I can’t believe that I am already studying at UBC Okanagan for a month now and that I am in Canada for one and a half months. (You can find my first impressions of Canada here.) Time is flying by, which frightens me because it means that my time here will be over soon and I haven’t seen as much of British Columbia as I wished for. Even though I already live in Kelowna for a month now, I still see myself in the acclimatization phase. I have to find my way in a new environment, to accustom myself to the prevalent structures, to the daily university life with its readings and submissions as well as to build trust and new friendships.
I didn’t find my own work rhythm yet. The first two weeks, I needed to set up my room in the students’ residence and to decide on the courses I like to take this semester. Finally, in the last two weeks, I managed to take time-outs on the weekend to go on different hikes and day trips. To be able to plan and attend such events, it is necessary that I organize my time well during weekdays. Why is this so?
As you might have read from the introduction, the university in Canada needs more attention during the lecture period than I am used to from Germany. In all of my courses, I have to prepare chapters of books before the lecture. In the lecture itself, the instructor refers to these readings and adds some new input as well. Apart from the preparatory lectures, weekly assignments or quiz questions about the readings or short, written reflections are due. Presence at lectures is checked, especially in earlier semesters, via an iClicker, a remote control with which students answer quiz questions during the lecture (multiple choice questions).
All these submissions (quizzes, reflections, assignments) and participation marks (= Clicker questions) give points that are included in the final grade. The final exam then often only counts 50% of the overall grade.
The thing about buying books
The preparatory readings cannot be taken lightly. Generally, a heavy reference book is needed (professors do not get paid by the book but by pages), of which reissues launch frequently, thus forcing students to buy the brand-new versions. I still startle when I stop by the bookstore: The textbooks that were required in my courses cost around 110 CAD!! The small iClicker remote with 60 CAD is not cheap either. Taken into consideration the high tuition fees, this adds another tidy sum to the general student debts.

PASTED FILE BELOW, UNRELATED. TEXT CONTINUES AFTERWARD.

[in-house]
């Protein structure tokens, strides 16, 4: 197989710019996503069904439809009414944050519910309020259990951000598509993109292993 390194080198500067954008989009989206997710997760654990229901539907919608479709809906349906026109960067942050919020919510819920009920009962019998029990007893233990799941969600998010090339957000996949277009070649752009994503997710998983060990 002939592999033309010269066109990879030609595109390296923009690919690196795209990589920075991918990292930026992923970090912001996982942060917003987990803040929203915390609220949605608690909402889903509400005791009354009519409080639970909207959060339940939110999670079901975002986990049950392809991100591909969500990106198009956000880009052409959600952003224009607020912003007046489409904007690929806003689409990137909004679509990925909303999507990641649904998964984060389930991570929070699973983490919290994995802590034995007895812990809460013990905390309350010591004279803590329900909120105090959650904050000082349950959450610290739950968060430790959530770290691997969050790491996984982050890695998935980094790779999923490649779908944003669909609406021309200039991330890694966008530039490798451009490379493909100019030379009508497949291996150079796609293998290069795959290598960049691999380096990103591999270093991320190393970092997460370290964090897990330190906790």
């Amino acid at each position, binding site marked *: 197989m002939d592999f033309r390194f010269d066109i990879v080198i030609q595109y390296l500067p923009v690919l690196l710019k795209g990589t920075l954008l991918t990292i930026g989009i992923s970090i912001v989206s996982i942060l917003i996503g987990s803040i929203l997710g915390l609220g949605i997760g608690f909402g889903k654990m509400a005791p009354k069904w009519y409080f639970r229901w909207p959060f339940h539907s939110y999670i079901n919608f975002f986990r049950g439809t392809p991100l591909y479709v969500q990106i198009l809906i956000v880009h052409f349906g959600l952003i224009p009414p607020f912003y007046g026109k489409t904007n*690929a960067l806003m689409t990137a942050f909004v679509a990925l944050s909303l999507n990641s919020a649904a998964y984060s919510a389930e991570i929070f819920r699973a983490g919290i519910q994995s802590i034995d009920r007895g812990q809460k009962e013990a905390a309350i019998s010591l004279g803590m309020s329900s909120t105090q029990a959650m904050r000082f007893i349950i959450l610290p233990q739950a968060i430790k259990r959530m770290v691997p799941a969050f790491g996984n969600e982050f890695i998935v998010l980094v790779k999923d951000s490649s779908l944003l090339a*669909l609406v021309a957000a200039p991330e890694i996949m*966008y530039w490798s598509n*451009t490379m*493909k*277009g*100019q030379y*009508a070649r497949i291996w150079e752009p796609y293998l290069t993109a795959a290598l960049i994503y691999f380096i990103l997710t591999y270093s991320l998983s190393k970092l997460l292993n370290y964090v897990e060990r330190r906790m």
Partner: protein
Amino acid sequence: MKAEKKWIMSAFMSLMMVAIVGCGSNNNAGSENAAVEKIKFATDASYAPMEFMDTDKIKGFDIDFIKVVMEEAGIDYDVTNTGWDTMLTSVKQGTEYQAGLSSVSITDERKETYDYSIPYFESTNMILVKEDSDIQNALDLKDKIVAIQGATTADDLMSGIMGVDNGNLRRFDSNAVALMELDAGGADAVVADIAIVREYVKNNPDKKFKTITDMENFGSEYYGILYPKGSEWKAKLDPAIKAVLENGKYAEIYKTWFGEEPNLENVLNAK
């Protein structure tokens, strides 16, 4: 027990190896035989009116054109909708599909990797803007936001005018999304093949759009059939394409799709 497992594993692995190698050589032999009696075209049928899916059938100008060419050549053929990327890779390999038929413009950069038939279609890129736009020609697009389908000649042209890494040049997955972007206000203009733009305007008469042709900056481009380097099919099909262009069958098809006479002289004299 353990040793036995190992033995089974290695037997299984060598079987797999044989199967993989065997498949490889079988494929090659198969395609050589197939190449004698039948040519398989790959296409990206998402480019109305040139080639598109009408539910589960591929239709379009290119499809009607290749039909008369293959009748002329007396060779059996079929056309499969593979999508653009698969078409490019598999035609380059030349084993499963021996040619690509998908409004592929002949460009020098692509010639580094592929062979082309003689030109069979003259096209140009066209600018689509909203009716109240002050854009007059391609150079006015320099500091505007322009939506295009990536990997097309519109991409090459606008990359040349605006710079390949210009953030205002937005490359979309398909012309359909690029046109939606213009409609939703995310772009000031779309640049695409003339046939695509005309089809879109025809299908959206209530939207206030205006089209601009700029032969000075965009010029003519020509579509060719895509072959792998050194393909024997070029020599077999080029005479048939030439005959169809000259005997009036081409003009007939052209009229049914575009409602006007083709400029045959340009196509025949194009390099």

Buying textbooks new: avoid where possible
As a minimalist and refusing to consume, buying all these books is out of the question. My primary objective is to avoid any purchase where applicable. Since, as an exchange student, I am allowed a free choice of courses, I ended up choosing courses also depending on which teaching material they required. Most courses did require books. However, there were also some counterexamples:
- One instructor let us know that the PDF version of a book can be downloaded for free through the university.
- Another one sent links to download different free PDFs and articles from their original source (and put it onto us to print them or not according to each person’s environmental awareness).
- In another course, the course package consists of 10 different essays of which copies are sold for 22 CAD (to be bought in the bookstore belonging to the university), which probably accounts for the copying costs and possibly copyrights.
If you have the choice: Choose your courses in a way that you need to acquire less books.
You can buy new textbooks in the UBC Bookstore. On their website, you can order the books online and pick them up at the counter of the store. In this way, you save standing in line, which can take over an hour at the beginning of the semester.
Although I do not wish to promote online retailers in any respect, based on the article title, I have to remark that the bookstore on campus is more expensive than getting the books from elsewhere. This is very sad in my opinion. I seem to be too spoiled with German fixed book prices. (→ Canada has no fixed book prices.)
As an alternative to a hard copy, a few students told me that they buy PDF versions instead, which are significantly lower priced. However, I would like to note that I am not aware of in which way you can resell them at the end of the course.
Another idea to buy books cheaper
Buy the book together with friends and share it amongst each other (or find other ways in which everyone gets access to the content of the book). If you haven’t made any friends yet, this might still happen in the first two weeks. (Or ask in your exchange group. Believe me, people are happy to split costs.)